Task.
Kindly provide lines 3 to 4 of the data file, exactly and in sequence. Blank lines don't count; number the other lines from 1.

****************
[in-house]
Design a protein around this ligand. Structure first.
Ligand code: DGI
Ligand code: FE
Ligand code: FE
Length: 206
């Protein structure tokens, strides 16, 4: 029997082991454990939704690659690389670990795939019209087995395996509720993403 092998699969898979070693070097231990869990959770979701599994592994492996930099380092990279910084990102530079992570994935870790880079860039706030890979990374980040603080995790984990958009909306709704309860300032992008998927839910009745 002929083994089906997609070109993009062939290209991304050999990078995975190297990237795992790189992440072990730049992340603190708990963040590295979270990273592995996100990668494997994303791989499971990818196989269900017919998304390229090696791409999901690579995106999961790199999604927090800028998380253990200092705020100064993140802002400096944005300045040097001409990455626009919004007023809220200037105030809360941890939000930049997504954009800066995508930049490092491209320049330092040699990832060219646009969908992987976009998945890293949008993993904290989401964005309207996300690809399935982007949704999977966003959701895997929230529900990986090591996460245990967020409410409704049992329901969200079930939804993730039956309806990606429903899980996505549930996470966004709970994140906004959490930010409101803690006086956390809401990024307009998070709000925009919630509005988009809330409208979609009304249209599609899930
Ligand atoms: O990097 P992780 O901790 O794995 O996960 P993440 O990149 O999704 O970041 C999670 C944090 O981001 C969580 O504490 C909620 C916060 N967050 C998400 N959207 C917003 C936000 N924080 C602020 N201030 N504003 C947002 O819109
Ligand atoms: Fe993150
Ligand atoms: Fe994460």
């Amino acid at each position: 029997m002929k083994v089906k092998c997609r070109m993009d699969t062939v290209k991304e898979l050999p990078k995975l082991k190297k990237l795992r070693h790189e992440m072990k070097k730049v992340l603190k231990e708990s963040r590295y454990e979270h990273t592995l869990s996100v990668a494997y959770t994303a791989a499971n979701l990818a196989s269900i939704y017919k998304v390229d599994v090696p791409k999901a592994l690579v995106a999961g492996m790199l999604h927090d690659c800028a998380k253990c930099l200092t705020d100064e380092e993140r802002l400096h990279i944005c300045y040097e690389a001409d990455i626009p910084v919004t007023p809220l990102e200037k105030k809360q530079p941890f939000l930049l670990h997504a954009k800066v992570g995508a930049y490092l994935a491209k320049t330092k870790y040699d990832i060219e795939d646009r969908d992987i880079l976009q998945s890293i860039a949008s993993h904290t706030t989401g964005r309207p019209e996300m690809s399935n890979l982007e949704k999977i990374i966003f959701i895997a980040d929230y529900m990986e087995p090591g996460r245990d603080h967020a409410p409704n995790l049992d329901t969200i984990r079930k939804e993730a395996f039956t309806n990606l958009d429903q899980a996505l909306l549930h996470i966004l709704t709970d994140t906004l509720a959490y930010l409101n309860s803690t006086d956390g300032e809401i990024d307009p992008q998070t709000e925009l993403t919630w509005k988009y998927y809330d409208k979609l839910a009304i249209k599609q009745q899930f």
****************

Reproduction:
Ligand code: DGI
Ligand code: FE